Nicolai Rubinstein, Classical Themes in the Decoration of the Palazzo Vecchio in Florence, in: Journal of the Warburg and Courtauld Institutes 50, 1987, pp. 29–43.

Use Arabic numbers, no Roman numerals for volumes.

Use p. for 1 page and pp. for several pages.

Quotes from collective volumes are to be given in the same way.

No bibliographical indications in the text. They should be given in the notes.

Quotations in the text should be put in quotations marks (do not use italics). Comma or full stop end of quotation before quotation mark, other punctuation marks (e.g. semicolon, question mark etc.) THAT DO NOT BELONG TO THE QUOTATION should be after the quotation mark.


… “an eminent, epoch-making work of art,” as he calls it, …

 “[…] a happy turn of events […] joining in on pastoral songs.”1

Omitted text passages should be indicated with three full stops in square brackets: […].

Do not use parentheses except for indications of figures (fig. 1, 2, 3 etc.), dates behind the names of historical figures, for example: Pope Pius II (1458–64), or homophones behind the names of historical figures, for example: Pope Pius II (教宗庇護二世)(1458–64).

5. Expressions in foreign language:

Single expressions and specialist terms in foreign language should be put in italics (examples: œuvredisegnoall’antica,villeggiatura, virtuslocus amoenus).

6. Indications of works of art in the text:

Works of art, named in the text, should be put in italics.


Raphael’s Saint Cecilia in Bologna (fig. 6), a painting he already knew from etchings, becomes now one of his favorite pieces.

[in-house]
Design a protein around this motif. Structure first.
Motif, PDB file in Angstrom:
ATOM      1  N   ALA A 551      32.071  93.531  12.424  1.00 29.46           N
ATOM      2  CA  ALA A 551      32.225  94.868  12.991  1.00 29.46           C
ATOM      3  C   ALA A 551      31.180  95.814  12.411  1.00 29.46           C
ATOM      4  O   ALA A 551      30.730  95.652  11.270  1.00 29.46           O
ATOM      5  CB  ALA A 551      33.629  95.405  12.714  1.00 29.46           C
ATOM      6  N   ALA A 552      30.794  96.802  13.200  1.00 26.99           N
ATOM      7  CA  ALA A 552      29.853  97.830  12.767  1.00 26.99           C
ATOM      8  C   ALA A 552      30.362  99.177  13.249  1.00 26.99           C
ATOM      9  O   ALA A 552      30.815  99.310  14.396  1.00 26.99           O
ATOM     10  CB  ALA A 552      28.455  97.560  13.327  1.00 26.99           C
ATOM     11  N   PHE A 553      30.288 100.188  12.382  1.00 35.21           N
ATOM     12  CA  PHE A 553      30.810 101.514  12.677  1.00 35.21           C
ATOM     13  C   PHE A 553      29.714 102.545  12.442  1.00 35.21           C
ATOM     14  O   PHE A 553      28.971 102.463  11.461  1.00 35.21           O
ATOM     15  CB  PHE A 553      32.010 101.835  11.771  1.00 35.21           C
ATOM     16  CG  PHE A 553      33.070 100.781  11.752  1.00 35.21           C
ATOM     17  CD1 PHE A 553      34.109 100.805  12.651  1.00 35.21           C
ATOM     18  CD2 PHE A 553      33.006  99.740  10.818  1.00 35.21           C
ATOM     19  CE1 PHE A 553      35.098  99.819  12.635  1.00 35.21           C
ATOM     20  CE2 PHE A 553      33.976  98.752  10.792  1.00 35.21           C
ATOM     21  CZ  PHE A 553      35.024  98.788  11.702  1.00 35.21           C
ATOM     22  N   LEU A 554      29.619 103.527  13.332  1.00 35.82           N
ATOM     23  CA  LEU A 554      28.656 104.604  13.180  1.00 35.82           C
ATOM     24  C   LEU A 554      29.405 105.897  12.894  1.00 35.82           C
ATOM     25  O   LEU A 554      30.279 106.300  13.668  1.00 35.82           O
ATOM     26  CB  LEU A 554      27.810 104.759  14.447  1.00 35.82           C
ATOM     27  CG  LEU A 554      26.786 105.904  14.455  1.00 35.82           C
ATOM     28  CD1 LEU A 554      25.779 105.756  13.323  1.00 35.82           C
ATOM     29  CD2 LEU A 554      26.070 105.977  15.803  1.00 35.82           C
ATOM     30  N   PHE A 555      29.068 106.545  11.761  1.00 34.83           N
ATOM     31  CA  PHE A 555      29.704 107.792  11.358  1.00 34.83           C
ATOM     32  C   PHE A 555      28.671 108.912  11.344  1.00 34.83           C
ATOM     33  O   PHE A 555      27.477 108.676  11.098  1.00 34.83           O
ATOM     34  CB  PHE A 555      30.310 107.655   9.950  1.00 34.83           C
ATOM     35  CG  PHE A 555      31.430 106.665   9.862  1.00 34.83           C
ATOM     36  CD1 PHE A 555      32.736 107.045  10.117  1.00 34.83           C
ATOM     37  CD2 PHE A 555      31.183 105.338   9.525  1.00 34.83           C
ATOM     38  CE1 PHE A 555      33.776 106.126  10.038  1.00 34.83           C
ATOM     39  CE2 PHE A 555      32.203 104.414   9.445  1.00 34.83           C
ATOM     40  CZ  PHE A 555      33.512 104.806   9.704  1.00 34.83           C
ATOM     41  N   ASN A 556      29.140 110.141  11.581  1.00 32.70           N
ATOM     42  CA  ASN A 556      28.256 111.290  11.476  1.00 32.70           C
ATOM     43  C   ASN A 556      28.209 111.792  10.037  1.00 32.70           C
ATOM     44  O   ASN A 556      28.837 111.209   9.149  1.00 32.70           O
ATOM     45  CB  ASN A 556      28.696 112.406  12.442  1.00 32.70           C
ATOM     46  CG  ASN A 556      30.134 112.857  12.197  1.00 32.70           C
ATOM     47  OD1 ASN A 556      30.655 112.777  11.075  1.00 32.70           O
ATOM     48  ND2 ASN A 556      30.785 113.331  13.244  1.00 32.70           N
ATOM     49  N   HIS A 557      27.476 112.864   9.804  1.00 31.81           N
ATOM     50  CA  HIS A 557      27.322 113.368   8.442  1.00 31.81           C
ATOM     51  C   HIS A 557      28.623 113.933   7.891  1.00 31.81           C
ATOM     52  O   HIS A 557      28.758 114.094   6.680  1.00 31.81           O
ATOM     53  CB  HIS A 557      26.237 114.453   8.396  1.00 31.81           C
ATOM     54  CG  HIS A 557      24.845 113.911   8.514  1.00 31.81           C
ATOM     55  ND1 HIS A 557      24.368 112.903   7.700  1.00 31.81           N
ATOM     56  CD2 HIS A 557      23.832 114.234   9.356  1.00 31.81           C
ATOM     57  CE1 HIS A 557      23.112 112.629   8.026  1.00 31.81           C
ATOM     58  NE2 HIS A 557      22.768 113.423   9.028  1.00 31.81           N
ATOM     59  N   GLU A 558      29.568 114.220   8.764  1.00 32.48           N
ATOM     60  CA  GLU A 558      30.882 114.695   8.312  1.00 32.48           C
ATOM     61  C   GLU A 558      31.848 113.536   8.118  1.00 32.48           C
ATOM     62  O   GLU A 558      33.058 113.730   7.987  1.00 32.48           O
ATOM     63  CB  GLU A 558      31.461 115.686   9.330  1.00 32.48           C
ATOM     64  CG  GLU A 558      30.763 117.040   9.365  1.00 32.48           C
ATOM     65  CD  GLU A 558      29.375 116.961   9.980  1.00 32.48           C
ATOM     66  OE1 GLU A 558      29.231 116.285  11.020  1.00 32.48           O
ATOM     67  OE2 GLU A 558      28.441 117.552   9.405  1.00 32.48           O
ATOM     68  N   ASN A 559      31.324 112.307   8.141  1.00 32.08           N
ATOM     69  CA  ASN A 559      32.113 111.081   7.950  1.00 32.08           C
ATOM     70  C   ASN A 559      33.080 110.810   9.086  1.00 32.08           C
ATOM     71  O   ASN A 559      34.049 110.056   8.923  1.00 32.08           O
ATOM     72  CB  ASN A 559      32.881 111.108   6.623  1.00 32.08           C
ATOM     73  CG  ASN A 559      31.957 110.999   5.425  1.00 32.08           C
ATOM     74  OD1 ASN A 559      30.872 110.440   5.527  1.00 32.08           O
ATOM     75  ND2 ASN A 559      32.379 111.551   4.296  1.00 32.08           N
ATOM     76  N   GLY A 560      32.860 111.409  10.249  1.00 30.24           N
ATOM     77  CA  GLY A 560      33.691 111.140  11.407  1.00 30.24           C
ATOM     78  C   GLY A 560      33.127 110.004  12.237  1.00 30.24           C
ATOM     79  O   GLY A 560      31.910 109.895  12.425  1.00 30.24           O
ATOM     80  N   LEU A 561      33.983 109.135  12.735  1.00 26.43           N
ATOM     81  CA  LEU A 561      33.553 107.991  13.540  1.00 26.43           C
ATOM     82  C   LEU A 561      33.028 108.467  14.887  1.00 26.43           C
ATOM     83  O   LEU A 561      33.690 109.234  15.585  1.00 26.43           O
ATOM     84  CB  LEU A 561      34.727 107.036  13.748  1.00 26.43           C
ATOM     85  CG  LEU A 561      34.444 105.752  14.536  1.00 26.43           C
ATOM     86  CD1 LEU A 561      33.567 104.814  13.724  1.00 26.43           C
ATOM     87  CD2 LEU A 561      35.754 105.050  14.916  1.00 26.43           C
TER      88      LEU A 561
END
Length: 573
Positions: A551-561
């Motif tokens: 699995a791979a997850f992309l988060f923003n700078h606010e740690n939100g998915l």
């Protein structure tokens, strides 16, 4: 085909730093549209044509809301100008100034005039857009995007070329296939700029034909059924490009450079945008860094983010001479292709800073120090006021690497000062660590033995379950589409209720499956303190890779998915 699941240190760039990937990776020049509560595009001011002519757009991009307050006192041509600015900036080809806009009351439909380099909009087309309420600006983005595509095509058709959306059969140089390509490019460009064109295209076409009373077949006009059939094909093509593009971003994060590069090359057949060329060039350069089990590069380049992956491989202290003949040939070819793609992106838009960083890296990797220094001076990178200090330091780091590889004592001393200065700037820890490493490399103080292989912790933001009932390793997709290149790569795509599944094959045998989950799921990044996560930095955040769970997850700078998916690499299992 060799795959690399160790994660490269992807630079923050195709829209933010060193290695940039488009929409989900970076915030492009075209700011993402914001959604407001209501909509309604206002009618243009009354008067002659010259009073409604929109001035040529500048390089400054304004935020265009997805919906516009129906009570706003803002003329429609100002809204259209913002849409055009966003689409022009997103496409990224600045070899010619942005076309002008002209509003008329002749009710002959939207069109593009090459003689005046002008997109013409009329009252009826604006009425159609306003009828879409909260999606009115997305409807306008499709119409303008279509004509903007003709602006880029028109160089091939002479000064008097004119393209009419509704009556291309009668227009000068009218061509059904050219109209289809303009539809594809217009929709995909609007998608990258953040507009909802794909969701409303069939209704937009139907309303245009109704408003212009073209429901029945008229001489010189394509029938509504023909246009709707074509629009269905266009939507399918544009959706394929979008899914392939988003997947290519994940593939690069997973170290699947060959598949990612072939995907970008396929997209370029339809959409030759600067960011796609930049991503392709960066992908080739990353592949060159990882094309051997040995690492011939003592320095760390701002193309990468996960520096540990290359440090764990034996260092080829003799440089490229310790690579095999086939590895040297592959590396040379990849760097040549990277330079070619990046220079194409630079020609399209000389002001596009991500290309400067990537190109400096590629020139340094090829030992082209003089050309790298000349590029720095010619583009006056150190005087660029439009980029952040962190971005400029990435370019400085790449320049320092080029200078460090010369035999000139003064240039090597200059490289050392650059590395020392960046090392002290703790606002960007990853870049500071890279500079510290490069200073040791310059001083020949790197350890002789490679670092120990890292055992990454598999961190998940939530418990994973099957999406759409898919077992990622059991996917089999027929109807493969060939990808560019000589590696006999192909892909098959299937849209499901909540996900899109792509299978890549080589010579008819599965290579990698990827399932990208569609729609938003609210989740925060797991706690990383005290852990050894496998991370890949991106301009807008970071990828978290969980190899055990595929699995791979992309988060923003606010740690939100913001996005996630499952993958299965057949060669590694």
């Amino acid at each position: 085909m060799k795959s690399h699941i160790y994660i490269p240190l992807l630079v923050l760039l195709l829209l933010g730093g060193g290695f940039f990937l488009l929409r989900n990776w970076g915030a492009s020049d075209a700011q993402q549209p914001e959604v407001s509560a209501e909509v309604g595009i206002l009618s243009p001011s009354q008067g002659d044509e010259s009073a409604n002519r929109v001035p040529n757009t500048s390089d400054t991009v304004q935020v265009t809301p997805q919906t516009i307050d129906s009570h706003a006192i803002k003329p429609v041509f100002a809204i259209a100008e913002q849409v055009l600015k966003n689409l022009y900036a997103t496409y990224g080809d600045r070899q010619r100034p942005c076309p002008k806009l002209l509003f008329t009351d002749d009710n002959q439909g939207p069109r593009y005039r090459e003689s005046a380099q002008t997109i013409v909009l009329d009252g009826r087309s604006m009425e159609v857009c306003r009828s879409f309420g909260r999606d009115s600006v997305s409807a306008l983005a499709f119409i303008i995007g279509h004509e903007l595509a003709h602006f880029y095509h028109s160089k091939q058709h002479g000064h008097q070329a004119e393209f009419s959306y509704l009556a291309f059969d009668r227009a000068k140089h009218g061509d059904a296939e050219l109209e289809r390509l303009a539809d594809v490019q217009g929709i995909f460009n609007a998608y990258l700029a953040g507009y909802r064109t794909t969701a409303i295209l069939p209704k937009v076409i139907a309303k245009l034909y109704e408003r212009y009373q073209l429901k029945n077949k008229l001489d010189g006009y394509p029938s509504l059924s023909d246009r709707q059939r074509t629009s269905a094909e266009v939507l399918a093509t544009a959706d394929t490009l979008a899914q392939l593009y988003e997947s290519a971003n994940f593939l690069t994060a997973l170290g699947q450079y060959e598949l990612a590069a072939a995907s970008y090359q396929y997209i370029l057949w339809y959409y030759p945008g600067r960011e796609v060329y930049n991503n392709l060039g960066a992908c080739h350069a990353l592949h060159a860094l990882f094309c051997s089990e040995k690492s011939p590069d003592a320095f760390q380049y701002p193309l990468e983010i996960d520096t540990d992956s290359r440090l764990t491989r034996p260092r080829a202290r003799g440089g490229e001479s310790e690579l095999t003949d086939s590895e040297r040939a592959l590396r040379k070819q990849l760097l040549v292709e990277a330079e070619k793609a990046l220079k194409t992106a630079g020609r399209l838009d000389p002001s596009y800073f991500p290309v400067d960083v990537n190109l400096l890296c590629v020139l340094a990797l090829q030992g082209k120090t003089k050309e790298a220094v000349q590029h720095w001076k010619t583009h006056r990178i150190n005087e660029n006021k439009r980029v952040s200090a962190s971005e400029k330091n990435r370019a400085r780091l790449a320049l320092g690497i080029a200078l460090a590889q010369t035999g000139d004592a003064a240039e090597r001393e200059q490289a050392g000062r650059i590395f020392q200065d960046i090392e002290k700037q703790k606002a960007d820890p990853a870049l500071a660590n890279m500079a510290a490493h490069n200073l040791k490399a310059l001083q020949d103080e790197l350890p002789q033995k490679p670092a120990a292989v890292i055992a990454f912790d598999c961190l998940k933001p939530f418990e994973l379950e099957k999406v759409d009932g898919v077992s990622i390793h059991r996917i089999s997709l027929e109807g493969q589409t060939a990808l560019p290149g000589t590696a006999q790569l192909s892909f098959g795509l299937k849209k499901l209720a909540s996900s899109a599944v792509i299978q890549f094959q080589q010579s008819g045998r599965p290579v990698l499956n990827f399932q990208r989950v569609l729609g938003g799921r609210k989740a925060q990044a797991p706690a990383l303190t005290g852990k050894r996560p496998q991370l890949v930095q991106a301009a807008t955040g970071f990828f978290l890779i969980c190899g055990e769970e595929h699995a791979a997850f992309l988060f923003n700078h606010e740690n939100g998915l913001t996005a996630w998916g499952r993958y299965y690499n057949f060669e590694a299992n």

7. Measurements:

When giving the measurements of pictures, indicate height before width; please use cms and for smaller objects mms.

8. Indications of figures and color plates:

Within the text in brackets as follows: (fig. 00) for black and white figures in the text; (pl. 00) for color plates.

Punctuation mark always follows the brackets.


…, as can be noted in the earlier portrait (fig. 4).

9. Figures/captions:

Illustration headings (captions) should be as short as possible using the following punctuation and providing the following information:


artist (or school) – comma – title of work – comma – date – comma – technique–– comma – measurement – comma – collection – inv.-number (if known) comma– location (no full stop at the end!)


Paul Delaroche, The Assassination of the Duc de Guise, 1834, oil on canvas, 56 × 98 cm, Musée Condé, Chantilly

Giorgione da Castelfranco, La Tempesta, egg tempera and walnut oil on canvas, 82 × 73 cm, Gallerie dell’Accademia, Venice, inv. no. 915

Leonardo da Vinci, Bridge designs in wood, pen and ink, 23.5 × 17 cm, Institut de France, Paris, Cod. B, fol. 23r

Andrea Palladio, Project for the Casa Civena, c. 1541-42, pen, ink, and wash over incised lines and chalk underdrawing, 32.3 × 23.1 cm, Royal Institute of British Architects, London, RIBA XVII/14


relevant part of monument – comma – title of monument – comma – location – comma – date



Façade, Upper story, Santa Maria Novella, Florence

View of façade, San Sebastiano, Mantua

Sant’AndreaMantua, Plan